Hawaii says 'aloha' to HIE expansion
Following a successful pilot phase initiated last December, officials at the Hawai'i Island Beacon Community announced Monday that they will be expanding the region's first health information exchange in partnership with the North Hawai'i Community Hospital.
Officials say the HIE, provided by Alere Wellogic, facilitates safer, more efficient and cost-effective care within the connected healthcare community across Hawai'i Island. It enables doctors to easily view and share patient records from participating hospitals, doctors' offices, imaging centers, pharmacies, laboratories and other practices. It also facilitates secure doctor-to-doctor messaging for referrals and consultations, and establishes the foundation for care coordination across the region.
The HIE will also be able to connect to other regional HIEs and, eventually, the Nationwide Health Information Network, officials note.
[See also: Hawaii invests $20M in electronic records.]
"The Hawai'i Island Beacon project is all about building a better system of health care delivery by providing better care and managing cost," Alere Wellogic's HIE is helping us reach this ambitious goal by improving the communication and coordination of clinical care and support services," said Susan Hunt, HIBC project director and CEO. "It has been a tremendous demonstration of what collaboration, technology, and community partnerships can achieve. We have accomplished a great deal in a relatively short period of time and are looking forward to next steps."
The HIE was designed in collaboration with the physicians and technology leadership at North Hawai'i Community Hospital, HIBC, Alere Wellogic and Booz Allen Hamilton.
- It was the first live HIE on Hawai'i Island, and now connects doctors in North Hawai'i.
- Charter participants are NHCH, affiliated physicians, and their reference laboratories and imaging centers.
- Authorized physicians and their staffs have immediate access to patient information across all connected venues of care, from emergency rooms to specialist offices.
- The shared information is harmonized for easy review and to enable decision support.
- Doctors and staff already observe positive impact on information availability, operational efficiency, and patient care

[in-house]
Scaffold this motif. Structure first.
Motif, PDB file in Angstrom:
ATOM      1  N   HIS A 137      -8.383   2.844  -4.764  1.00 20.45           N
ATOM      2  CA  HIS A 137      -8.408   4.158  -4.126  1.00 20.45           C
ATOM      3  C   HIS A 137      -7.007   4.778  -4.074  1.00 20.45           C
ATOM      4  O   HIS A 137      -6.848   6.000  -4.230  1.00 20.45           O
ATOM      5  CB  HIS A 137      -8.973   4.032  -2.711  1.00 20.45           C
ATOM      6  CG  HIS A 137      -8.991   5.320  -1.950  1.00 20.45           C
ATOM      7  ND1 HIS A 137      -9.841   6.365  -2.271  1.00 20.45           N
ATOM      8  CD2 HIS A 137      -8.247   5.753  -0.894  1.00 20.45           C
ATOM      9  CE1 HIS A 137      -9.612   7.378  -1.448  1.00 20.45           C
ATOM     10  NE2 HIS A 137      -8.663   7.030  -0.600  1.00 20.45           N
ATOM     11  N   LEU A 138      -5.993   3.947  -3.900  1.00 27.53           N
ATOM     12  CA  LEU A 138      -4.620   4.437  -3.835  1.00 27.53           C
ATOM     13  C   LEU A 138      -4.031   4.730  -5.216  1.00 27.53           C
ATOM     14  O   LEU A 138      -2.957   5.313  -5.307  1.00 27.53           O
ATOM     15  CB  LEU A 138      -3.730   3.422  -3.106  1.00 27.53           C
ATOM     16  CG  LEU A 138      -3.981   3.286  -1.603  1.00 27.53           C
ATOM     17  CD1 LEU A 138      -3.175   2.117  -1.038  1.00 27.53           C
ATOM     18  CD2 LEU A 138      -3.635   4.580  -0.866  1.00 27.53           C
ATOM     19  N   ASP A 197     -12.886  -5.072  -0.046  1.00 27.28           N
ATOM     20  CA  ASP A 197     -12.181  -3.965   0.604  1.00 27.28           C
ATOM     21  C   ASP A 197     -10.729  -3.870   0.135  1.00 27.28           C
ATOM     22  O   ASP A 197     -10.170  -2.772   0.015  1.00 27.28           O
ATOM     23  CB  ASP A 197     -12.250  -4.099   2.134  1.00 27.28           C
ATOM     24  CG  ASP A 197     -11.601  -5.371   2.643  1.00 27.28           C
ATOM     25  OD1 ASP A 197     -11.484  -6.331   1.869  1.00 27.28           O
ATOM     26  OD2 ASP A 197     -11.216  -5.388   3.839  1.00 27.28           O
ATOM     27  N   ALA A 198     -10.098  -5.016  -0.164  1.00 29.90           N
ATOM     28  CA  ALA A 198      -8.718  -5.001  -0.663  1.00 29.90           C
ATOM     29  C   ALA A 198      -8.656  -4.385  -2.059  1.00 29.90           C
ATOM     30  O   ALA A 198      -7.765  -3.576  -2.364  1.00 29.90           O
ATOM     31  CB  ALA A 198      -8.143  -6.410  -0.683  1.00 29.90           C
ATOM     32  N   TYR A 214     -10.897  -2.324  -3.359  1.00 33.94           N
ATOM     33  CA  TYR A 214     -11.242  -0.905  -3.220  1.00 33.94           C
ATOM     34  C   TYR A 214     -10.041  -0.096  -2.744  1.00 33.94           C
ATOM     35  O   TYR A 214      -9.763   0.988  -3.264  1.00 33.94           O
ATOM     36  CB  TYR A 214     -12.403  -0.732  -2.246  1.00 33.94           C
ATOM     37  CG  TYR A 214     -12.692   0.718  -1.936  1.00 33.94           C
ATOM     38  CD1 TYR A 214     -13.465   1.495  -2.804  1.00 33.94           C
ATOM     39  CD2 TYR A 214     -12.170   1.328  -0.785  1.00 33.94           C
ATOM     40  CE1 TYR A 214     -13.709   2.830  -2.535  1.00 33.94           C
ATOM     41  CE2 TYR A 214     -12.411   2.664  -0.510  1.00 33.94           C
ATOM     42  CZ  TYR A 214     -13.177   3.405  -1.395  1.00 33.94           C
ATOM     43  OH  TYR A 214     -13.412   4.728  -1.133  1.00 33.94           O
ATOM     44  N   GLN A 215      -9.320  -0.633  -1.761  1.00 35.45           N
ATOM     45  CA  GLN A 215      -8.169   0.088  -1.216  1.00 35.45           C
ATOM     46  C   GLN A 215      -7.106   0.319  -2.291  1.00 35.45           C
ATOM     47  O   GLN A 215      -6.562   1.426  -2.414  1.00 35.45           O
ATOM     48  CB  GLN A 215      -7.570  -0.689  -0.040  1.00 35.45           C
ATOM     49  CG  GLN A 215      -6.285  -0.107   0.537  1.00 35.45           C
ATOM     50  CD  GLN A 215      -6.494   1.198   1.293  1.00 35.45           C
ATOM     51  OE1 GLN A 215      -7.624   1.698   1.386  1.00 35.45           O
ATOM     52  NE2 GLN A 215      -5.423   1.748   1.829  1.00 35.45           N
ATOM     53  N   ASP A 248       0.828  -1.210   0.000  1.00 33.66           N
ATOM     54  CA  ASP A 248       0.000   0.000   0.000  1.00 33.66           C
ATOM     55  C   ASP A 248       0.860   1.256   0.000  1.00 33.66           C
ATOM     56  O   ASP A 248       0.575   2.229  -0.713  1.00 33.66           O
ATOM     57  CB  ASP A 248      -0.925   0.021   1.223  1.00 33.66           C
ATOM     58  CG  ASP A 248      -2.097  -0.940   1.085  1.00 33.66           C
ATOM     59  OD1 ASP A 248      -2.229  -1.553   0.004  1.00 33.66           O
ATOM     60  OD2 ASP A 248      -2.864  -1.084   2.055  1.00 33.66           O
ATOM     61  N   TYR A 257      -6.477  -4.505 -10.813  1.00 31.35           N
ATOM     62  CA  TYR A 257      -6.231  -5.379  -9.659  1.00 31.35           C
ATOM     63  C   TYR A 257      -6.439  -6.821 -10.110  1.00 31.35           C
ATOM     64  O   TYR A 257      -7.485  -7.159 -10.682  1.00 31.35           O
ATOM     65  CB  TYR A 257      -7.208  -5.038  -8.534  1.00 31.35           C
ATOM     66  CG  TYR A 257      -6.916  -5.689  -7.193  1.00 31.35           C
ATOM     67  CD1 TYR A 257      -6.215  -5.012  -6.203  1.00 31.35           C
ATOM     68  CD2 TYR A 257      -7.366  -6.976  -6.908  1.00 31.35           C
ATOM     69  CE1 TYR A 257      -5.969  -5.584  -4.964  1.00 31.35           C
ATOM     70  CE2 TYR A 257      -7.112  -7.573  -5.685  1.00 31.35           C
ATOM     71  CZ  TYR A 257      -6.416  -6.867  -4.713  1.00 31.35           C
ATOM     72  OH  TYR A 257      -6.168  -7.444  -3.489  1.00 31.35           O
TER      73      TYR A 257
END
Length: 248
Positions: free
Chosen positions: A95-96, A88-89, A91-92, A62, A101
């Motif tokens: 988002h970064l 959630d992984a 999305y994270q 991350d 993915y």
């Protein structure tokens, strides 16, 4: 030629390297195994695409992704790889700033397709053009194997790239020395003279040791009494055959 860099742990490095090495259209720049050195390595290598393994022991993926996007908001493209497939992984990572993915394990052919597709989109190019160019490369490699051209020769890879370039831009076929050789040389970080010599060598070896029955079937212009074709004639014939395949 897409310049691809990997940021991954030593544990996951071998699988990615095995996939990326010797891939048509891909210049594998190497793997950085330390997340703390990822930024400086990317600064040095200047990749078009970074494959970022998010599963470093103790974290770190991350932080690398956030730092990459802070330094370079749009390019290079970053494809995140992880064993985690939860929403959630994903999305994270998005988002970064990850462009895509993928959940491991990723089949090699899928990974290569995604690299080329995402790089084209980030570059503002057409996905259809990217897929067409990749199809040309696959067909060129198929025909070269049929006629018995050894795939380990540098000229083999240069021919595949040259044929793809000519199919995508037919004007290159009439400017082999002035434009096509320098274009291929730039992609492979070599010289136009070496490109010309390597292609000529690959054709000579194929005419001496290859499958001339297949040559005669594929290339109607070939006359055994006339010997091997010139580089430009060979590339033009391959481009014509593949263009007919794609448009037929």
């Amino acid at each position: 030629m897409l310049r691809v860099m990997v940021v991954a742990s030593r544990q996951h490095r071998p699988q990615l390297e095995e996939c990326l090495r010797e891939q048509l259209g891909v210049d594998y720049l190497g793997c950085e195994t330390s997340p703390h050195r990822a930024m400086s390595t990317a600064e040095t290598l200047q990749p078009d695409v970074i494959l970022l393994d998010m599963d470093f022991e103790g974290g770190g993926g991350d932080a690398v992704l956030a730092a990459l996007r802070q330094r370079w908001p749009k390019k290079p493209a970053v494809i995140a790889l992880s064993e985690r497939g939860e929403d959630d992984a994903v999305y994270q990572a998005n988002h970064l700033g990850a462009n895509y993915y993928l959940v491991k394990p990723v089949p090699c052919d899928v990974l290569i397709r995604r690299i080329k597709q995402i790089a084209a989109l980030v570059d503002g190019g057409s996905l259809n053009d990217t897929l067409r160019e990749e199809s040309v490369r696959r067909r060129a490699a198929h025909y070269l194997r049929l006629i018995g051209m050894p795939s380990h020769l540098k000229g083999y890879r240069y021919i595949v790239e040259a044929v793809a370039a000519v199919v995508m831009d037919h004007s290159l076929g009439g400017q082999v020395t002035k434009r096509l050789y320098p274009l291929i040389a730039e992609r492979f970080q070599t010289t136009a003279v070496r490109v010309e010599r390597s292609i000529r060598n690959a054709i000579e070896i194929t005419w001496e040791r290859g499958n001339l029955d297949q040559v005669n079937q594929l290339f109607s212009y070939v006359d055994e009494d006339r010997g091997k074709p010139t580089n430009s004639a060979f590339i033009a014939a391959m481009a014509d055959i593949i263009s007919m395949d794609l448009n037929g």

Participating organizations include: Cleveland Clinic radiologists at North Hawai'i Community Hospital, Clinical Laboratories of Hawai'i, Diagnostic Laboratory Services, Hawai'i Emergency Physicians Associated, Hamakua Health Center, North Hawai'i Community Hospital, North Hawai'i Hospitalist Physicians and North Hawai'i Medical Group.
[See also: HIE lessons of two states.]
With the HIE, officials say care providers can more easily and securely communicate, collaborate and coordinate patient care. Emergency room doctors, for example, can now view patient histories kept by primary care physicians, preventing adverse events in situations when seconds can make a difference. In turn, primary care doctors can receive and view information regarding their patients' admissions and discharges. The HIE's visual presentation also compiles that information into a single sophisticated screen that enables care providers to see the information and trends on their computer or iPad quickly and easily.
"We can now, with the simple click of the mouse or touch on an iPad, see a patient's entire medical history from all participants without having to laboriously chase it down or piece it together," said William Park, MD, a physician at North Hawai'i Community Hospital. "This demonstrates what I believed was possible: that technology can and must be elegant in how it presents patient information. This solution represents a fundamental step forward in how we deliver and coordinate care."